Gawdawful

Joan of Arcadia, frequently a source of dubious moral values, has now officially degenerated into a shambles. The recent episodes are part of some random G-d vs Devil thing, with an unimpressively-played devil with at best an awkward presentation of what the conflict is. This series always failed on questioning the following of G-d (much less the real question of what G-d means).

But what made this week’s installment really cringeworthy was a science discussion which was not just a mangling of science or a bad science-based metaphor, but just randomly used scientific terms in a discussion as if it were some invented religion for a TV show that didn’t have to mean anything. If you didn’t see it… well, let’s say that the “electromagnetic spectrum” has at its center “things we can see”, and then at one of its ends “things we can’t see, but we can measure, like atoms” (and the things we can see are what, exactly? Not matter?) and at the other end is “everything else, like dimensions”.

No reason for it. Serves no real point. But even if they have to endorse religiosity to serve their concept, they don’t have to do such harm to the reality of science.

We’ll see if I can bring myself to watch any more.

Published in: on April 24, 2005 at 11:52 pm  Leave a Comment  

Fake News Anchors UNITE!

Dennis Miller is the announced guest on tonight’s The Daily Show with Jon Stewart, which sounds like quite an interesting matchup. On one hand, Miller basically invented what Stewart now does, the knowledgable, intelligent fake news anchor (as opposed to the more goofy styles of the pre-Miller Saturday Night Live and most earlier exaples.) On the other hand, not only has the student surpassed the master at his best, the master has falled in an ugly way, spending years as the sort of bully pundit that Stewart works so effectively against, one more interested in the noise than the news.

I doubt that the interview will be as good as that potential makes it sound. Miller has been largely failing at his apparent goal of becoming an angry right-wing spokesman, making him not important enough to really kick around. And yet, unless he is trying to reinvent himself again (and he’s about due), he won’t be fun enough for it to be fun.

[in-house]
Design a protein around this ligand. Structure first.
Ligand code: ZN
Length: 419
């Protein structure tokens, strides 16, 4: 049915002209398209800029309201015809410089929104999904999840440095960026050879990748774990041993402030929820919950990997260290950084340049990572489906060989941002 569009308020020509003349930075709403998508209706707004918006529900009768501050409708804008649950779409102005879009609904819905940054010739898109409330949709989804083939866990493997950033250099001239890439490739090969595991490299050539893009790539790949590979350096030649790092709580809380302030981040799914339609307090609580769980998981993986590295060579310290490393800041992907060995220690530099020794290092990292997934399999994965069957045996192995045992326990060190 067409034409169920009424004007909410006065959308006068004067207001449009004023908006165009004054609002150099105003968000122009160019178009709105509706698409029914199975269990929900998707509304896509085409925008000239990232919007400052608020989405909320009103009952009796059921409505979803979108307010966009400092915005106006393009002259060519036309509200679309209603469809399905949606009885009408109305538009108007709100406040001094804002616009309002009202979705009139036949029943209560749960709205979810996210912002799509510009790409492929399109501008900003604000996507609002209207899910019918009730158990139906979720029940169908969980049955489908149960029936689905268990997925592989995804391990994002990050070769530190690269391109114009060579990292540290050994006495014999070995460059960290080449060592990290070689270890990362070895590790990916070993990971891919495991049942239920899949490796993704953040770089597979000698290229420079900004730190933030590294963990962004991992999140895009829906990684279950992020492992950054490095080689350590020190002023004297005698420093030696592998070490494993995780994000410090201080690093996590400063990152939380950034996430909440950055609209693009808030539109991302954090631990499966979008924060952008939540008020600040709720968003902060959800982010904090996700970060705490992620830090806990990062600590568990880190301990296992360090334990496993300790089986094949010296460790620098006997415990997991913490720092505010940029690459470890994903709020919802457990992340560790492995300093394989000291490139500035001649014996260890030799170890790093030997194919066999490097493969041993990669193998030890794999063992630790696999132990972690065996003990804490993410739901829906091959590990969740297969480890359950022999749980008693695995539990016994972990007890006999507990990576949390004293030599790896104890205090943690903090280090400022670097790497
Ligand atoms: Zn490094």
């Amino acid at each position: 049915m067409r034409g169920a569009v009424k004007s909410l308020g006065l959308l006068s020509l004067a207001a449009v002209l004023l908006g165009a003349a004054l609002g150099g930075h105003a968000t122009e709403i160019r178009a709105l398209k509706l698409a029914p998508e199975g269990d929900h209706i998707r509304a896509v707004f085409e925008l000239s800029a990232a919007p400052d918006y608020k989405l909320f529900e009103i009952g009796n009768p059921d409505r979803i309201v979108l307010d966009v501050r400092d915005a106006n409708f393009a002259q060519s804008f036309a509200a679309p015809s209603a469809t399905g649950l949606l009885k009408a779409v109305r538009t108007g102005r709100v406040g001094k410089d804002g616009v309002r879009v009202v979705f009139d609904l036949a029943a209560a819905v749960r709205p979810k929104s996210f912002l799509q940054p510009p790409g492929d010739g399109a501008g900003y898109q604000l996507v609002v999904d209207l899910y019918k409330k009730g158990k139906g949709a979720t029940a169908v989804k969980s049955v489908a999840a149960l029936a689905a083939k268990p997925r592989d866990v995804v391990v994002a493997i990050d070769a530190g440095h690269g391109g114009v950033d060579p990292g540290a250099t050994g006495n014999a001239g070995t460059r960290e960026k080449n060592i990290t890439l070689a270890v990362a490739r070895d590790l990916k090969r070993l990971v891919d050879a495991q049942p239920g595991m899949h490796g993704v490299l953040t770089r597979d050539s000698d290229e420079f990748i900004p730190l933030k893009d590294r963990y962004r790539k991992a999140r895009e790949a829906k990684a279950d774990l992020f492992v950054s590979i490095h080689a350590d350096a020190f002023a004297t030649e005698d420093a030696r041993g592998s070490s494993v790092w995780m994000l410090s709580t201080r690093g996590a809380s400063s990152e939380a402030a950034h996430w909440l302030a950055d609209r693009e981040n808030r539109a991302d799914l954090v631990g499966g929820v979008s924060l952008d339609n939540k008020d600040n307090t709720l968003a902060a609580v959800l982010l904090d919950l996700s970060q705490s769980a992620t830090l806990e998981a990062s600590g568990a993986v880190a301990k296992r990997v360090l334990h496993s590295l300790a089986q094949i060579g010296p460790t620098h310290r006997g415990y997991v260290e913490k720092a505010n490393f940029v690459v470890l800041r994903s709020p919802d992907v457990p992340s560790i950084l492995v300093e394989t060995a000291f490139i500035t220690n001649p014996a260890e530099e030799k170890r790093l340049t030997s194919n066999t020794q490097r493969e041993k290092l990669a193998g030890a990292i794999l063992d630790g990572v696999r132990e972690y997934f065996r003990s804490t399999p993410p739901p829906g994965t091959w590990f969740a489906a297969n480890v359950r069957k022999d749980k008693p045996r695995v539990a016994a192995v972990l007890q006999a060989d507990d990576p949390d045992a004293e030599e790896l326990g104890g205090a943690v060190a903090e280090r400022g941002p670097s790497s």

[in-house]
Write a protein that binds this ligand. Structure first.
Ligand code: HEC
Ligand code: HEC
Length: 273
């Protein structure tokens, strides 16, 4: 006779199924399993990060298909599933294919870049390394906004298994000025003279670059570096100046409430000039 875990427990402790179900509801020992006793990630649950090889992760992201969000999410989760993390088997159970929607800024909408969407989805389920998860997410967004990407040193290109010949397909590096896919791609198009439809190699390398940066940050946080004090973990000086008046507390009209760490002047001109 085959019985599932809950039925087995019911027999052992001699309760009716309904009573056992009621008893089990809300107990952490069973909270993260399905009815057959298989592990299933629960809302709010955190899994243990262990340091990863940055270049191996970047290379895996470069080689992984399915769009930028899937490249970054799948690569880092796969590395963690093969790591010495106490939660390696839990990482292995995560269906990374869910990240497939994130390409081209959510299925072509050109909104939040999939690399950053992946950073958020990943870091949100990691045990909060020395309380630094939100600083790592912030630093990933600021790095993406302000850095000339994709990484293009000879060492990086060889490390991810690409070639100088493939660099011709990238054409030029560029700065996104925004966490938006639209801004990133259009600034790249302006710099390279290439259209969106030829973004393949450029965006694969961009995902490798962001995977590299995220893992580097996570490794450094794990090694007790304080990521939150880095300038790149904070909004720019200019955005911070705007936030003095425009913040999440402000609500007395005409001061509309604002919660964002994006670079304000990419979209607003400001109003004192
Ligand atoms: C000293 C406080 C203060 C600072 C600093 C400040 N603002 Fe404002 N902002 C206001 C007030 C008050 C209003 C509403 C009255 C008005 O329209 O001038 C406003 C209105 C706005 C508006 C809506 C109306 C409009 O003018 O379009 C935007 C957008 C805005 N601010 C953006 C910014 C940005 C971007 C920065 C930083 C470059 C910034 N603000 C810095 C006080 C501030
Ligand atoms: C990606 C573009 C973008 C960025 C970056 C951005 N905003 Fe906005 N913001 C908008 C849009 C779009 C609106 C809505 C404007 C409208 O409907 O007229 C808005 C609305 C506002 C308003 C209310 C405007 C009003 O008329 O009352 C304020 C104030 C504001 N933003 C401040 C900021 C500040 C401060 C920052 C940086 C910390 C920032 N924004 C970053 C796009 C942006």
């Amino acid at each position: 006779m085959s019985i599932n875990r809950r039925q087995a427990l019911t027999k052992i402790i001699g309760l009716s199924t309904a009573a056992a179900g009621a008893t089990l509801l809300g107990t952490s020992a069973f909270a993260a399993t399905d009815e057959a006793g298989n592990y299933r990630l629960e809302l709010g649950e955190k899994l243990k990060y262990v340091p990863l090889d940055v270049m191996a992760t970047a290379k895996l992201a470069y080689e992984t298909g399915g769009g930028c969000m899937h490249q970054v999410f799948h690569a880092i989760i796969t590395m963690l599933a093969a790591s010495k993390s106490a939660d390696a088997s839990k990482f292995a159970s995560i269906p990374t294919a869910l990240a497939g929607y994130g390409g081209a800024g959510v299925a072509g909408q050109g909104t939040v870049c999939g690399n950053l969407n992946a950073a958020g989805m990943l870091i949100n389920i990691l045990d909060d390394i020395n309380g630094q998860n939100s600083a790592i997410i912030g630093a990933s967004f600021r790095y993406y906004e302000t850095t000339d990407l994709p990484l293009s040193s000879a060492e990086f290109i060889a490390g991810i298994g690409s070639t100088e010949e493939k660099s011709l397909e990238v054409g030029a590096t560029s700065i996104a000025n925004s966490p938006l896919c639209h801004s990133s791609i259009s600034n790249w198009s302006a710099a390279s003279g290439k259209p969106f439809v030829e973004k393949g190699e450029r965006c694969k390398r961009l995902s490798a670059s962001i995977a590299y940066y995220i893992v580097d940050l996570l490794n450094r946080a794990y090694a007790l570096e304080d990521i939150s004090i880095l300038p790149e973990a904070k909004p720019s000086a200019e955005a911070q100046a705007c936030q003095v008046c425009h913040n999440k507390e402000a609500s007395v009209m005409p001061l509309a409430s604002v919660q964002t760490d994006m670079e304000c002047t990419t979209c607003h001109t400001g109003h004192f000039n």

But I will, of course, watch it. It is, after all, The Daily Show, and very rare is the night that the half hour on the whole is not worthwhile.

Published in: on April 20, 2005 at 2:27 pm  Leave a Comment  

Insinuations

I am not a big fan of worldwide disaster flicks. The coming meteor shower, the volcano that will wipe out California, the amazing simultaneous cataclysms of The Day After Tomorrow, those things are not for me. The characters are generally paper-deep, the focus is on the carnage rather than on what comes afterward, and it all falls flat.

I am not a big fan of the bible, or rather the effect that that book of occasionally-interesting stories has had on the world (as part of the larger situation of “the effect of religion”.) In particular, I am no fan of the effects of the book of Revelations; as with any vague or reinterpertable prophecy, it is constantly viewed as being both right and current, and some very bad things are done based on the prophecies that are there.

And while I have no objections to work that is about the mystical, works in which science is wrong, I do have something against works where “science is wrong” is the theme, where the following of verifiable truth rather than fairy-tales is shown to be a danger. It is an immoral moral.

It should come as no shock, then, that Revelations, the miniseries where the coming destruction seems to be the mystical one foretold in the bible, does not inherently appeal. It would have to be very well done to win me over. And while they do a good job of capturing the dark look of a destruction-of-the-world movie, they don’t do a good job of creating an involving work. Because of what they choose to focus on, it leaves no room for doubt in the supernaturalness of occurence. This won’t be a Scooby-Doo mystery, where it turns out that the signs of the apocalypse are tricks caused by a real estate developer to lower prices so he can buy the world. The situations between the two leads (a scientist and a nun) won’t be a fair battle between the believer and the skeptic. The series starts with another scientist giving a lecture that seems to focus on notes cribbed from the Creationist pamphlets against evolution. Science has no place here. The whole thing is a waiting game for the skeptic to give up on the skepticism.

And I, for one, am not willing to wait.